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    Quote Originally Posted by mudrets View Post
    I'm not concerned here with the way Russians address each other.
    OK. Now I see what you mean. Sorry for the confusion.

    Quote Originally Posted by mudrets View Post
    Are there any Russian parents officially naming their children, for instance, Misha Petrov or Nadya Petrova?
    I agree with Gromozeka. I am pretty sure - no.

    Quote Originally Posted by mudrets View Post
    Does anyone skip the patronymic all together?
    No.
    Moreover, if a foreigner accepts the Russian citizenship due to some reason, he/she just have to have a patronimic! It is required for all the official documents. He/she would not be able even to get a Russian passport with empty "отчество" field.
    As far as I know, foreigners may use various ways to get a patronimic: they can derive it from their actual father's name according to the Russian rules; or they can derive it from their middle name, surname etc., or even invent a patronimic they wish. The basic requirement is it should follow the Russian language pattern: -ович/-евич for men or -овна/-евна for women.

    Example: if a Chinese man whose name is Xiao Shu Lian (Сяо Шу Лянь in Cyrillic transliteration) accepts the Russian citizenship, he may be registered as Сяо Шуевич Лянь officially. It sounds unusual and a bit funny for Russians, but so are the rules.
    I hope you get the idea

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    Quote Originally Posted by Боб Уайтман View Post
    No.
    Moreover, if a foreigner accepts the Russian citizenship due to some reason, he/she just have to have a patronimic! It is required for all the official documents. He/she would not be able even to get a Russian passport with empty "отчество" field.
    This is not correct
    My daughter being a citizen of the US and Russia has two passports, both with no patronymic
    The reason of that is when we as parents filled up application for the US birth certificate we didn't put any middle names there. Later when we came to Russian embassy to confirm her Russian citizenship we had to provide exact translation of her birth certificate with the original US birth certificate with the apostille. Turns out the rules are - no middle name in the US birth certificate - no patronymic in Russian documents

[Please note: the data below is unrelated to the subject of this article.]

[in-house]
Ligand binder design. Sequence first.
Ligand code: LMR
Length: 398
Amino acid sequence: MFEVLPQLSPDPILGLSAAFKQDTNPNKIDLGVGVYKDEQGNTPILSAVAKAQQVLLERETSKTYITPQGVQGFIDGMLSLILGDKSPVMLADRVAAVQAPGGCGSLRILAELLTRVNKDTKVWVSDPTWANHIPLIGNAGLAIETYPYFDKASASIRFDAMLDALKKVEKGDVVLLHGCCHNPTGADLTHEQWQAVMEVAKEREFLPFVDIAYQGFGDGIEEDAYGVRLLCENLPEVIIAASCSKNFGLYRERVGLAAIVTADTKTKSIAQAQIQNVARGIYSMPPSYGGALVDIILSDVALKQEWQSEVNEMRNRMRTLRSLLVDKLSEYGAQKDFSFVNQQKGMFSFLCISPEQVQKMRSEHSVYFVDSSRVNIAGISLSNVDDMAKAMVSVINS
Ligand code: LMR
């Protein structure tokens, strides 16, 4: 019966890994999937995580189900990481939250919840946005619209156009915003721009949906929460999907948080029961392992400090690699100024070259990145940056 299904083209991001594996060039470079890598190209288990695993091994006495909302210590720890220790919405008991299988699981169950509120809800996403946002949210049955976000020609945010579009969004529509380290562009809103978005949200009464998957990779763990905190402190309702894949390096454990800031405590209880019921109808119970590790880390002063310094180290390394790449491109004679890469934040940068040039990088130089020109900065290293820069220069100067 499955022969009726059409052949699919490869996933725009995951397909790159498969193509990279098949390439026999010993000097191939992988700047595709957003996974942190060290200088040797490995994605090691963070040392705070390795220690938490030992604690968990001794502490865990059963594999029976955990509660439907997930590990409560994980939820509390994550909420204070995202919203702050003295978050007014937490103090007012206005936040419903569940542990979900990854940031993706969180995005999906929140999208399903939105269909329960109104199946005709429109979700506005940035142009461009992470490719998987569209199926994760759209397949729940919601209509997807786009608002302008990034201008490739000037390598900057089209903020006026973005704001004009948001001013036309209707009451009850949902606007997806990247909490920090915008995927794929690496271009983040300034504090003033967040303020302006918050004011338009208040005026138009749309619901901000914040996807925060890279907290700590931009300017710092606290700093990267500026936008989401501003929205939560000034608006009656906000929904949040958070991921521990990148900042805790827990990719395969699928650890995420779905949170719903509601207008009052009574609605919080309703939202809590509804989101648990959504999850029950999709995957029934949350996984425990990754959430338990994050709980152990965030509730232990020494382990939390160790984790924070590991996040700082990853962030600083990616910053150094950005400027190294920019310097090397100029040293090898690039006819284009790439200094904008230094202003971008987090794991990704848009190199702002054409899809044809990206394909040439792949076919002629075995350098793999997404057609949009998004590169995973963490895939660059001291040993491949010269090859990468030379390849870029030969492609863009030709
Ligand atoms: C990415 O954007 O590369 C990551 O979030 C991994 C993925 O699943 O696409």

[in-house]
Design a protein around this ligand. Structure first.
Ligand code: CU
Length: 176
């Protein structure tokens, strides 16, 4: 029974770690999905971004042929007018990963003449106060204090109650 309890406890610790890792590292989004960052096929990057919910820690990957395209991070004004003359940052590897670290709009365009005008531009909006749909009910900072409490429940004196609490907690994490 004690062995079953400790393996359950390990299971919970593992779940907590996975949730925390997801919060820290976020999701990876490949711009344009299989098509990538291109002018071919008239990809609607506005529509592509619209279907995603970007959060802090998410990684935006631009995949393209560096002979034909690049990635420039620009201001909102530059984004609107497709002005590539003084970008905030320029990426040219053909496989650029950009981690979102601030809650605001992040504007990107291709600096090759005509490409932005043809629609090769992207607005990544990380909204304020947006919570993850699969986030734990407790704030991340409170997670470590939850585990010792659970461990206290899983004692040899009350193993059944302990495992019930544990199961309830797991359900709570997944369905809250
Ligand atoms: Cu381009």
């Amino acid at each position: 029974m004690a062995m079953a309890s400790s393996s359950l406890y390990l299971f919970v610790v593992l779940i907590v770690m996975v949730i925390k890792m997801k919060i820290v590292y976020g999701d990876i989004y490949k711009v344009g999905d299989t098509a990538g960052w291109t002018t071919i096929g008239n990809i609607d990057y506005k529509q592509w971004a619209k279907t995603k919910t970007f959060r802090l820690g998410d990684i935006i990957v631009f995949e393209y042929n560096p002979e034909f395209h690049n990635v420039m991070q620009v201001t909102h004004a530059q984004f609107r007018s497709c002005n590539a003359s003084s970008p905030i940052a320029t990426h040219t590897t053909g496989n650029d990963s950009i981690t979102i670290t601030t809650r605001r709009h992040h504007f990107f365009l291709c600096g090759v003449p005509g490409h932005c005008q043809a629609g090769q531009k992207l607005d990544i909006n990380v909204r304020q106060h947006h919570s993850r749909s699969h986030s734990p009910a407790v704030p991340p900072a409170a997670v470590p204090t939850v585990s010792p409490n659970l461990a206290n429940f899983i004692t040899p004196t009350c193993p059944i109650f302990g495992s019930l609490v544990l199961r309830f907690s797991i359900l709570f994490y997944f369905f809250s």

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    Завсегдатай it-ogo's Avatar
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    Кстати, я когда-то столкнулся с тем, что в официальных документах (еще со времен Сталина, кажется) было разрешено писать отчества на татарский манер: добавляя "улы" вместо -вич и "кызы" вместо -вна. Я сам имел дело с украинской гражданкой где-то 88-го года рождения, которая по документам значилась как "Малик кызы" в графе "отчество".
    "Россия для русских" - это неправильно. Остальные-то чем лучше?

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    Quote Originally Posted by Doomer View Post
    This is not correct
    My daughter being a citizen of the US and Russia has two passports, both with no patronymic
    The reason of that is when we as parents filled up application for the US birth certificate we didn't put any middle names there. Later when we came to Russian embassy to confirm her Russian citizenship we had to provide exact translation of her birth certificate with the original US birth certificate with the apostille. Turns out the rules are - no middle name in the US birth certificate - no patronymic in Russian documents
    I'm pretty sure even that doesn't cover it. I have Russian friends whose eldest son was born in the UK, and when they registered his birth they gave him a patronymic as his middle name, specifically because they thought that would allow them to transfer it to his Russian documentation as an отчество later. No go though, neither the Russian embassy in London nor whichever government branch they tried to deal with at home in Petrozavodsk would recognise "middle name" from his UK birth certificate as an "отчество", so the poor kid has ended up with a passport that says

    фамилия: Петров
    имя: Никита Владимирович
    отчество:

    Which is worse than if they'd just not given him a middle name.

  12. #12
    Увлечённый спикер mudrets's Avatar
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    Thank you for responding.

    Спасибо за ответы.